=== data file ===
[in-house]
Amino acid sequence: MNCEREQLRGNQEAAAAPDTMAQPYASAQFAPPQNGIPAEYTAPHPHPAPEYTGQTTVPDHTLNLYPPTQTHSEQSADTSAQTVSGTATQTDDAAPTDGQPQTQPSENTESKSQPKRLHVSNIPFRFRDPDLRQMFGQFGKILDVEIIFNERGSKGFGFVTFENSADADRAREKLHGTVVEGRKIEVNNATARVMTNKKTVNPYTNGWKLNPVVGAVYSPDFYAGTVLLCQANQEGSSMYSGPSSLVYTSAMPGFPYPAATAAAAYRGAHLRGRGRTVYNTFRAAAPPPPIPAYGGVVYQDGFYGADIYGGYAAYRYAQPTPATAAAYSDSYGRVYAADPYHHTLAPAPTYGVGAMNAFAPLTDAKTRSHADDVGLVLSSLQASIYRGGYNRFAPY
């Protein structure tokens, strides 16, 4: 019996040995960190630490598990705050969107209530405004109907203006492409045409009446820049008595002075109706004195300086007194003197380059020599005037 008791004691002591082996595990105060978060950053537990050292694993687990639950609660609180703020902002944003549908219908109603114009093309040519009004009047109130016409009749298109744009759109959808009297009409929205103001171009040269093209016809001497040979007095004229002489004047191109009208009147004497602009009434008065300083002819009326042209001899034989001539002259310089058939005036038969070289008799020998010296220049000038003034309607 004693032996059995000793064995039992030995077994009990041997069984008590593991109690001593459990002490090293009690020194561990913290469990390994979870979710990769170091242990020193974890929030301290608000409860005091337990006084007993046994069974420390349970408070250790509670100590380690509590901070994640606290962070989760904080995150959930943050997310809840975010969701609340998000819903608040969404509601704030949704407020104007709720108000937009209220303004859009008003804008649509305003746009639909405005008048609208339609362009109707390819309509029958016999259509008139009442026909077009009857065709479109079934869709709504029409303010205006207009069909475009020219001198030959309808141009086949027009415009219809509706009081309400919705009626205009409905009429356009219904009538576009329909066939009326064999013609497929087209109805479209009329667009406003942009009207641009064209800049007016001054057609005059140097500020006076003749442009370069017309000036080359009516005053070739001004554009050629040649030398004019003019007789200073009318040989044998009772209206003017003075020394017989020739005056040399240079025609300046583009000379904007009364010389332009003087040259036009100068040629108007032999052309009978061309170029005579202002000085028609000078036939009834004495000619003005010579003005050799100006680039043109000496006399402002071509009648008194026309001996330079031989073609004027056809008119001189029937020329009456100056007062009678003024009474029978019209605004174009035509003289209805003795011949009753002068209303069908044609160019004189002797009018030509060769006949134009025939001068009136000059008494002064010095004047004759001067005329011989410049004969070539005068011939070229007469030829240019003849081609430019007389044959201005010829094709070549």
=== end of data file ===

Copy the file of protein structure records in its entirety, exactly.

[in-house]
Amino acid sequence: MNCEREQLRGNQEAAAAPDTMAQPYASAQFAPPQNGIPAEYTAPHPHPAPEYTGQTTVPDHTLNLYPPTQTHSEQSADTSAQTVSGTATQTDDAAPTDGQPQTQPSENTESKSQPKRLHVSNIPFRFRDPDLRQMFGQFGKILDVEIIFNERGSKGFGFVTFENSADADRAREKLHGTVVEGRKIEVNNATARVMTNKKTVNPYTNGWKLNPVVGAVYSPDFYAGTVLLCQANQEGSSMYSGPSSLVYTSAMPGFPYPAATAAAAYRGAHLRGRGRTVYNTFRAAAPPPPIPAYGGVVYQDGFYGADIYGGYAAYRYAQPTPATAAAYSDSYGRVYAADPYHHTLAPAPTYGVGAMNAFAPLTDAKTRSHADDVGLVLSSLQASIYRGGYNRFAPY
């Protein structure tokens, strides 16, 4: 019996040995960190630490598990705050969107209530405004109907203006492409045409009446820049008595002075109706004195300086007194003197380059020599005037 008791004691002591082996595990105060978060950053537990050292694993687990639950609660609180703020902002944003549908219908109603114009093309040519009004009047109130016409009749298109744009759109959808009297009409929205103001171009040269093209016809001497040979007095004229002489004047191109009208009147004497602009009434008065300083002819009326042209001899034989001539002259310089058939005036038969070289008799020998010296220049000038003034309607 004693032996059995000793064995039992030995077994009990041997069984008590593991109690001593459990002490090293009690020194561990913290469990390994979870979710990769170091242990020193974890929030301290608000409860005091337990006084007993046994069974420390349970408070250790509670100590380690509590901070994640606290962070989760904080995150959930943050997310809840975010969701609340998000819903608040969404509601704030949704407020104007709720108000937009209220303004859009008003804008649509305003746009639909405005008048609208339609362009109707390819309509029958016999259509008139009442026909077009009857065709479109079934869709709504029409303010205006207009069909475009020219001198030959309808141009086949027009415009219809509706009081309400919705009626205009409905009429356009219904009538576009329909066939009326064999013609497929087209109805479209009329667009406003942009009207641009064209800049007016001054057609005059140097500020006076003749442009370069017309000036080359009516005053070739001004554009050629040649030398004019003019007789200073009318040989044998009772209206003017003075020394017989020739005056040399240079025609300046583009000379904007009364010389332009003087040259036009100068040629108007032999052309009978061309170029005579202002000085028609000078036939009834004495000619003005010579003005050799100006680039043109000496006399402002071509009648008194026309001996330079031989073609004027056809008119001189029937020329009456100056007062009678003024009474029978019209605004174009035509003289209805003795011949009753002068209303069908044609160019004189002797009018030509060769006949134009025939001068009136000059008494002064010095004047004759001067005329011989410049004969070539005068011939070229007469030829240019003849081609430019007389044959201005010829094709070549």